This tradition also continued when 120,000 Japanese Americans were stripped of their constitutional rights and imprisoned for nothing more than their Japanese ancestry, an episode that was so egregiously unjust that the U.S. government later officially apologized to those imprisoned, calling the episode “a grave injustice” that resulted from “race prejudice, war hysteria, and a failure of political leadership.”

This tradition was perhaps best illustrated by the gruesome murder of Vincent Chin, a Chinese American who was bludgeoned to death by two unemployed White auto workers who mistook him for Japanese and blamed him for them losing their jobs, and who subsequently got away with murder by paying a $3,700 fine and have never spent a day in jail for their crime.

In the Wadhwa case, I hope Mr. Wadhwa and his family appeal to the FBI to bring federal hate crime charges against their attackers (and also file a civil suit against them for millions of dollars in damages), since the city of Lake Tahoe and the State of California apparently are incapable of delivering justice for him.

As I’ve written about before, incidents of physical violence like this unfortunately seem to be examples of how Americans are expressing their insecurity and backlash over globalization and America’s waning superiority in the 21st century.

In an earlier post, I wrote about how the Australian government has issued an official apology to their native aborigine population over the historical and systematic practice of forcibly separating aborigine children from their parents and subsequently trying to raise and socialize them as Whites.

That post also included a news story describing Senator Sam Brownback’s (R-Neb) introduction of legislation that would officially apologize to the Native American Indian population over our country’s systematic discrimination of them over the decades and centuries.

Along the same lines, as MSNBC reports, the House of Representatives has just passed legislation that officially apologizes to African Americans for the history of slavery and Jim Crow segregation:

The resolution, passed by voice vote, was the work of Tennessee Democrat Steve Cohen, the only white lawmaker to represent a majority black district. Cohen faces a formidable black challenger in a primary face-off next week.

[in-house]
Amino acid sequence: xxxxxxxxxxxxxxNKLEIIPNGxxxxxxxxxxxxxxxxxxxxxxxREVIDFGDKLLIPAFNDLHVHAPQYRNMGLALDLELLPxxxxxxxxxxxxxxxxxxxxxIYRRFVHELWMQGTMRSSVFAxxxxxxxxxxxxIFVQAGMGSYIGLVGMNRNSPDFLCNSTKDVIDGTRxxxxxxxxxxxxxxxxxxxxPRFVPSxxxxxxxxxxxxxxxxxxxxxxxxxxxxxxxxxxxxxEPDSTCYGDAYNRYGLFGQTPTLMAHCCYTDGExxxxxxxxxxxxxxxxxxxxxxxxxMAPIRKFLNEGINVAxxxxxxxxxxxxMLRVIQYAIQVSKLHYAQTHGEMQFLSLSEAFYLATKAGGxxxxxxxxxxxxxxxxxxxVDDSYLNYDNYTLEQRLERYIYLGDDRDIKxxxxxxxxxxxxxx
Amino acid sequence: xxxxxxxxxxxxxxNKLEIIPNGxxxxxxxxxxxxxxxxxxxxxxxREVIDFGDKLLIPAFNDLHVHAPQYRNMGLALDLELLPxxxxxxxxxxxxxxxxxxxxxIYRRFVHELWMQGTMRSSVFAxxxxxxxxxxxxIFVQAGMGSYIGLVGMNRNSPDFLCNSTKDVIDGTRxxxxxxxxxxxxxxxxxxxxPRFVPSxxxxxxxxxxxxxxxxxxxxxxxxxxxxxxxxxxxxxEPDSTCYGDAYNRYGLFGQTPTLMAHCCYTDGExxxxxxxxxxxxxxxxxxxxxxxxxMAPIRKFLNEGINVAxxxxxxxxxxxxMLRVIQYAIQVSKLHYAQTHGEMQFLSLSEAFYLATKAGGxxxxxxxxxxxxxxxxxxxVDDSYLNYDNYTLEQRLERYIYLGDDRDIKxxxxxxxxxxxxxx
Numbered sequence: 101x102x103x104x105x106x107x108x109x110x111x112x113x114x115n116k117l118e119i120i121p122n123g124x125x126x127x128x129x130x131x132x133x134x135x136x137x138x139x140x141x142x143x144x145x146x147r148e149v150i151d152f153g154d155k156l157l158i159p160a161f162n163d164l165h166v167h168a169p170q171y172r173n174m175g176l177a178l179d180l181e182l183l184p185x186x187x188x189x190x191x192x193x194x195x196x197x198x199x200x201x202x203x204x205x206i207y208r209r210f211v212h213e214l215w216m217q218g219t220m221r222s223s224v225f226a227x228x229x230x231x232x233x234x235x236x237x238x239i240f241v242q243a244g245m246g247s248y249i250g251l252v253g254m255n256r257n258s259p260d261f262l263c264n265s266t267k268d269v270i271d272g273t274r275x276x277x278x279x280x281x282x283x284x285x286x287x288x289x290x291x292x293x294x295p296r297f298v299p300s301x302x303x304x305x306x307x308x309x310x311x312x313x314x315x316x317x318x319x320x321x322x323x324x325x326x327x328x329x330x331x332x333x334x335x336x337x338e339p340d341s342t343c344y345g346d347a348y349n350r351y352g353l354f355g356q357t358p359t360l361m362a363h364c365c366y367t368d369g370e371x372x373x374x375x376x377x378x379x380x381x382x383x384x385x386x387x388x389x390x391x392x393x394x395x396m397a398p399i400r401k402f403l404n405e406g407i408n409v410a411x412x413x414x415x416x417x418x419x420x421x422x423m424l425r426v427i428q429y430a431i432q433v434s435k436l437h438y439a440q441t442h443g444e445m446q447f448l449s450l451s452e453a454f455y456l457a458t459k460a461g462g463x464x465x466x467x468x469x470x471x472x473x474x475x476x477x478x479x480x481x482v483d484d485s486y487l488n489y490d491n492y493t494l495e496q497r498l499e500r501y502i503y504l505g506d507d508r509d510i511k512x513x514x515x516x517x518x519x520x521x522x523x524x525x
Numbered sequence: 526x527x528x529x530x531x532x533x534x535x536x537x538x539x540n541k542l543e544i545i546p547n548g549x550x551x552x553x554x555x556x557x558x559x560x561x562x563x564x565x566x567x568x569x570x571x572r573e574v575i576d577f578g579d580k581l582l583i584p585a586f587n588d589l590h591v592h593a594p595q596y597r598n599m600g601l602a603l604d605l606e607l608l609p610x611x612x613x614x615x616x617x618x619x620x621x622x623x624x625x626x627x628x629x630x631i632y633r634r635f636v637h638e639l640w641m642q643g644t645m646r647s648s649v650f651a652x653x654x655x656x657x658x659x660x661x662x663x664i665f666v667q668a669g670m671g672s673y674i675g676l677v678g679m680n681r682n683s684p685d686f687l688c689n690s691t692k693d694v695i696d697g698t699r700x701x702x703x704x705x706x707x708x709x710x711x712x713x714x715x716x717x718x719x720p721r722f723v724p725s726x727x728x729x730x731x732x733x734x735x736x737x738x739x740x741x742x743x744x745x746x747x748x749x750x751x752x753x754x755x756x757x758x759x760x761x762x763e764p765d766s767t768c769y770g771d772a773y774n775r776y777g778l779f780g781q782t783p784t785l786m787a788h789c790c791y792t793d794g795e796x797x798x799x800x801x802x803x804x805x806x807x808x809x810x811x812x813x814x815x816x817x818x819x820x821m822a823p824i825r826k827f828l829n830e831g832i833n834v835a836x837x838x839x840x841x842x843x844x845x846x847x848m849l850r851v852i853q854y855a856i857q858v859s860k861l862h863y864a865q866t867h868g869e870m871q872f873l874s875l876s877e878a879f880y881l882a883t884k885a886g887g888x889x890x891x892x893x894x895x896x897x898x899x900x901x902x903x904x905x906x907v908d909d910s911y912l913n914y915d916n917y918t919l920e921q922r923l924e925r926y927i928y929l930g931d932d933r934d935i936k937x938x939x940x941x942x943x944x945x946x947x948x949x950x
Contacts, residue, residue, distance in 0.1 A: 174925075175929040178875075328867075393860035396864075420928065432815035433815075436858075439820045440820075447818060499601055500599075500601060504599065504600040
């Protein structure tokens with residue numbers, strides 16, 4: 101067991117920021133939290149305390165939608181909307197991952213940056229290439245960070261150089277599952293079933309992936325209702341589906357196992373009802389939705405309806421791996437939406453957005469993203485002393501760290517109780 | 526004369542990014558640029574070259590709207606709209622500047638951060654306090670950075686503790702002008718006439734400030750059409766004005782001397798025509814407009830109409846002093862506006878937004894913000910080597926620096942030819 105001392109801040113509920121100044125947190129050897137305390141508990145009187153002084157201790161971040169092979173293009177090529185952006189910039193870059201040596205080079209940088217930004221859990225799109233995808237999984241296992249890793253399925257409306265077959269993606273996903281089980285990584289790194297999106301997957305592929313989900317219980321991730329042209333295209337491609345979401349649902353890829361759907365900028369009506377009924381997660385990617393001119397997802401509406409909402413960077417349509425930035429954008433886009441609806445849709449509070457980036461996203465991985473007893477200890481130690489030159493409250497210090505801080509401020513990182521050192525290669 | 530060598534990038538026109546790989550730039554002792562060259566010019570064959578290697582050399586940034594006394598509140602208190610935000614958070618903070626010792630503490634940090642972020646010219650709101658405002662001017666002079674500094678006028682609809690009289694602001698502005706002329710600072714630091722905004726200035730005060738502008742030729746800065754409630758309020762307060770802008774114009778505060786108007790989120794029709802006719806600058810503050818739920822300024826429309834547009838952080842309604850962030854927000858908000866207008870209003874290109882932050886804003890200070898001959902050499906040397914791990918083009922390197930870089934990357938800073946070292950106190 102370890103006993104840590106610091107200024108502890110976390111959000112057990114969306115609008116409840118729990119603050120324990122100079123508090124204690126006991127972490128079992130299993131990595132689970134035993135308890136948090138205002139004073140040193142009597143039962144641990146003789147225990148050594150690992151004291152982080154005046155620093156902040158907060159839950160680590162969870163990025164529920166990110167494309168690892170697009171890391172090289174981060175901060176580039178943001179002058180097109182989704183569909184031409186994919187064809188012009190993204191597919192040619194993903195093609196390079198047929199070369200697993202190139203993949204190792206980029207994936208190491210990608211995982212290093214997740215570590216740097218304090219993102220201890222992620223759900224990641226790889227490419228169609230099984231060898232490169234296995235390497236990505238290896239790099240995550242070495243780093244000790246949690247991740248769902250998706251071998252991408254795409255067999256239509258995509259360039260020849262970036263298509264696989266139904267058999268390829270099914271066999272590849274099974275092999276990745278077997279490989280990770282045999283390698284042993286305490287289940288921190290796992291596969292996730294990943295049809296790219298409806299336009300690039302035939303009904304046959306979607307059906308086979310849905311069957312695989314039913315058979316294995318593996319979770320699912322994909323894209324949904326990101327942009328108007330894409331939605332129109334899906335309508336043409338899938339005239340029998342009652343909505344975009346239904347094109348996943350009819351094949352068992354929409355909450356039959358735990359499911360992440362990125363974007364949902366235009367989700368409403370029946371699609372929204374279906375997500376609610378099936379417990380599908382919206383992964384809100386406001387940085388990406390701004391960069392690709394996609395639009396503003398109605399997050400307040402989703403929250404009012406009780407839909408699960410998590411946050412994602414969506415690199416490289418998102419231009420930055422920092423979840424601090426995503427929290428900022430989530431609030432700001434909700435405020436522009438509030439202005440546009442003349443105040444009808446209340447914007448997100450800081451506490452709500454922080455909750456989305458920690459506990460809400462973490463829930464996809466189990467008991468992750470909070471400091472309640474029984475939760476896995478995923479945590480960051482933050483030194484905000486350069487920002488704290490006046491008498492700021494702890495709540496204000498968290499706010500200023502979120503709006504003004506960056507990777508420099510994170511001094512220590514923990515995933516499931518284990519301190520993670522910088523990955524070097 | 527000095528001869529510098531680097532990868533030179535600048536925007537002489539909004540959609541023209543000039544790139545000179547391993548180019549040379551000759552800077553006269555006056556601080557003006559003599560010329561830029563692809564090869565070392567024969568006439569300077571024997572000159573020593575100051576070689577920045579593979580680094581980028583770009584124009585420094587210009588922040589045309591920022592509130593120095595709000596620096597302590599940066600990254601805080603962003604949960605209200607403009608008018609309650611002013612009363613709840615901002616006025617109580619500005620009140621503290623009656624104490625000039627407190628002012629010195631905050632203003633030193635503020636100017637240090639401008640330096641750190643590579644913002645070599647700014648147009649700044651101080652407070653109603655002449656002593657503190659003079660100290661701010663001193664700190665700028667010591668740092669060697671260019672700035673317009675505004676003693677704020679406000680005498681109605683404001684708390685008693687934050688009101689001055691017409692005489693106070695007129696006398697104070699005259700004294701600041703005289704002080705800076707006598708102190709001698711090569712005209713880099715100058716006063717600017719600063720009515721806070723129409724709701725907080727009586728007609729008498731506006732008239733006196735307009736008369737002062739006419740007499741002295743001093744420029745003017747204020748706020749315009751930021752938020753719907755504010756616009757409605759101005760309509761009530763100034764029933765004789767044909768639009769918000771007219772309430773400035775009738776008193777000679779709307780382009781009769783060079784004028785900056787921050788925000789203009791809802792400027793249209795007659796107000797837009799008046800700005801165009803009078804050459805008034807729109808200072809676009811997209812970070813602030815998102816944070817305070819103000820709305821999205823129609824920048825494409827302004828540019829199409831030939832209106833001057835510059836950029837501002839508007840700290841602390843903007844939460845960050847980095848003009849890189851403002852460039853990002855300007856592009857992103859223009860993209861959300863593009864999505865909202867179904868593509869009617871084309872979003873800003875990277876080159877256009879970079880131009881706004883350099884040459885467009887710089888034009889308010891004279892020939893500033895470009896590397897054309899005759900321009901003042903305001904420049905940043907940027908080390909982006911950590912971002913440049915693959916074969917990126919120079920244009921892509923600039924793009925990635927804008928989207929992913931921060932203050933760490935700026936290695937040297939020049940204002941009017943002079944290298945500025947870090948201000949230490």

Congress has issued apologies before — to Japanese-Americans for their internment during World War II and to native Hawaiians for the overthrow of the Hawaiian kingdom in 1893. In 2005, the Senate apologized for failing to pass anti-lynching laws.

Five states have issued apologies for slavery, but past proposals in Congress have stalled, partly over concerns that an apology would lead to demands for reparations — payment for damages. The Cohen resolution does not mention reparations. It does commit the House to rectifying “the lingering consequences of the misdeeds committed against African-Americans under slavery and Jim Crow.”

It says that Africans forced into slavery “were brutalized, humiliated, dehumanized and subjected to the indignity of being stripped of their names and heritage” and that black Americans today continue to suffer from the consequences of slavery and Jim Crow laws that fostered discrimination and segregation.

My first reaction is — to echo Jay Leno’s comments in his monologue yesterday — wow, it’s not a moment too soon! What’s it been — a 150 years now? It’s a good thing they did this right away, so that there wouldn’t be any lingering problems or bad feelings, right?

More seriously, as I wrote in that earlier post, I commend the House for taking this courageous, albeit largely symbolic step. As I and many other human beings can attest to, one of the hardest things to do in any kind of relationship is to apologize.

In fact, there seems to be an inverse relationship between the severity of the wrong committed and the likelihood that the perpetrator will apologize for it. With that in mind, Rep. Cohen and all those who voted in favor of the resolution have earned my gratitude.

I will also point out that this apology actually seem to go against the larger trend in American society in which many Americans (particular White Americans) increasingly see the U.S. as a “colorblind” society in which racial minorities are perceived to be equal to Whites in terms of their socioeconomic opportunities. This mindset is reflected in recent opinion surveys which seem to show a lingering divide between Whites and Blacks over various social issues and perceptions about American society.

As I’ve written before about this colorblind trend, in theory, the motivation to be colorblind is very noble — treating people equally without regard to their skin color, race/ethnicity, or national origin. The problem is that this individual-level motivation is not reinforced at the institutional level, where people of color are still disproportionately underrepresented in positions of power and in fact, still encounter many forms of discrimination and inequality.

It is worth noting that as quoted from the MSNBC article above, the apology resolution explicitly acknowledges this ongoing inequality. In other words, it seems that at least in this case, Congress actually seems to know more than what many Americans would probably give them credit for.

With that in mind, my hope that our government can once again lead the way in facilitating a more racially equal society has been rekindled — for now.